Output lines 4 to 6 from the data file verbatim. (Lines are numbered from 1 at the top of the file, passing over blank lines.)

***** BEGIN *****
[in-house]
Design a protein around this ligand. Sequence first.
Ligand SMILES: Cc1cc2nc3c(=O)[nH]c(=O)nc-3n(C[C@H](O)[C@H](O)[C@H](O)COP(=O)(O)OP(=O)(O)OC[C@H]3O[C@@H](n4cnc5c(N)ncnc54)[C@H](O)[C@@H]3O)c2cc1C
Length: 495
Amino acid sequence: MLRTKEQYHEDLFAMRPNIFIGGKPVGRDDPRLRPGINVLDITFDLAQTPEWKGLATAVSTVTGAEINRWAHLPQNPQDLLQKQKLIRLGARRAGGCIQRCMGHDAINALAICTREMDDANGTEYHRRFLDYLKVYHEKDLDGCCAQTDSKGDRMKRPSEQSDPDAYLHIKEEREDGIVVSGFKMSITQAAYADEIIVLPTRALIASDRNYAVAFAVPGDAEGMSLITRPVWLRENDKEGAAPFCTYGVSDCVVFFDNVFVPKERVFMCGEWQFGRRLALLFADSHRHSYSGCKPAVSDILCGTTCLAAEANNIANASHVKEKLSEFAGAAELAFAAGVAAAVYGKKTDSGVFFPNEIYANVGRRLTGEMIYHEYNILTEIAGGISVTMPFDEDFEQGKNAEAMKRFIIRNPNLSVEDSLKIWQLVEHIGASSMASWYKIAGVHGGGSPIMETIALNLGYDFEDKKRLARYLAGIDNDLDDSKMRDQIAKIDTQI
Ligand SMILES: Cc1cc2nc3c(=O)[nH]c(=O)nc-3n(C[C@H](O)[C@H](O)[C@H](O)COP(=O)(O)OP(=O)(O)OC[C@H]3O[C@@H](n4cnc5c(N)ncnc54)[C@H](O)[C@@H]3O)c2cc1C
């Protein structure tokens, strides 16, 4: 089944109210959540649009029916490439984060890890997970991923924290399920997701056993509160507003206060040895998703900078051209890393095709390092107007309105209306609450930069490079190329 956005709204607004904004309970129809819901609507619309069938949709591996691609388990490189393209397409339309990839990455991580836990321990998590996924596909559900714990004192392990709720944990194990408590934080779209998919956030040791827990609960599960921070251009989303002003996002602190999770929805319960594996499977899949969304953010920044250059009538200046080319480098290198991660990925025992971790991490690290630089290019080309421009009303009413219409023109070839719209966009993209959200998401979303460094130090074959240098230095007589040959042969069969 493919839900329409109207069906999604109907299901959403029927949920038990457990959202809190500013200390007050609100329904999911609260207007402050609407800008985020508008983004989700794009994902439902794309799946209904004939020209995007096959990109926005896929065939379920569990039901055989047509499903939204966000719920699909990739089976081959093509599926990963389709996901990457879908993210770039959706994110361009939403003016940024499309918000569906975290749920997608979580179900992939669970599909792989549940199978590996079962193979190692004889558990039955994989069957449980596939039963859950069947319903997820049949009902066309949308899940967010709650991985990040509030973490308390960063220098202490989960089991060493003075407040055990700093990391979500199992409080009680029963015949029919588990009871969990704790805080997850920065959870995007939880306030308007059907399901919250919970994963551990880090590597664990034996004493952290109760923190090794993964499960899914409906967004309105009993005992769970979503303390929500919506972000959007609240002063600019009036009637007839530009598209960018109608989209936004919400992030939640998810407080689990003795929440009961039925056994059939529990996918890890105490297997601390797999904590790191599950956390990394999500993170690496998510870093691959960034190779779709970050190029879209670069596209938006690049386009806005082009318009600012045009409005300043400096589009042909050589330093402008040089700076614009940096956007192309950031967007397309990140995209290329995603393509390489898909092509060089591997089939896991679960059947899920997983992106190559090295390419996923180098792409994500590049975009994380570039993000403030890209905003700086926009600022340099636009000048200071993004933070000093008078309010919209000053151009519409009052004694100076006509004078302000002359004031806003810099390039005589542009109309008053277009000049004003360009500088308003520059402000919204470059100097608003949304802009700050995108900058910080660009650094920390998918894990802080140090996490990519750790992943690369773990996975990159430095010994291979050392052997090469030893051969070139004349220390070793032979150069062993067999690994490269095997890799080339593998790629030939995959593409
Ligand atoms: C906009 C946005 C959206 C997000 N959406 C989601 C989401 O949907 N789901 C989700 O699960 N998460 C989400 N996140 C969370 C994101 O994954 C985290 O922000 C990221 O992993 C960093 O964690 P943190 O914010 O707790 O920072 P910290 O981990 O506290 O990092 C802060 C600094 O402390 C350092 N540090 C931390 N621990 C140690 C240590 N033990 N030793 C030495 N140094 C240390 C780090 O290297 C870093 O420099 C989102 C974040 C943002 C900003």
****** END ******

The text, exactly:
Length: 495
Amino acid sequence: MLRTKEQYHEDLFAMRPNIFIGGKPVGRDDPRLRPGINVLDITFDLAQTPEWKGLATAVSTVTGAEINRWAHLPQNPQDLLQKQKLIRLGARRAGGCIQRCMGHDAINALAICTREMDDANGTEYHRRFLDYLKVYHEKDLDGCCAQTDSKGDRMKRPSEQSDPDAYLHIKEEREDGIVVSGFKMSITQAAYADEIIVLPTRALIASDRNYAVAFAVPGDAEGMSLITRPVWLRENDKEGAAPFCTYGVSDCVVFFDNVFVPKERVFMCGEWQFGRRLALLFADSHRHSYSGCKPAVSDILCGTTCLAAEANNIANASHVKEKLSEFAGAAELAFAAGVAAAVYGKKTDSGVFFPNEIYANVGRRLTGEMIYHEYNILTEIAGGISVTMPFDEDFEQGKNAEAMKRFIIRNPNLSVEDSLKIWQLVEHIGASSMASWYKIAGVHGGGSPIMETIALNLGYDFEDKKRLARYLAGIDNDLDDSKMRDQIAKIDTQI
Ligand SMILES: Cc1cc2nc3c(=O)[nH]c(=O)nc-3n(C[C@H](O)[C@H](O)[C@H](O)COP(=O)(O)OP(=O)(O)OC[C@H]3O[C@@H](n4cnc5c(N)ncnc54)[C@H](O)[C@@H]3O)c2cc1C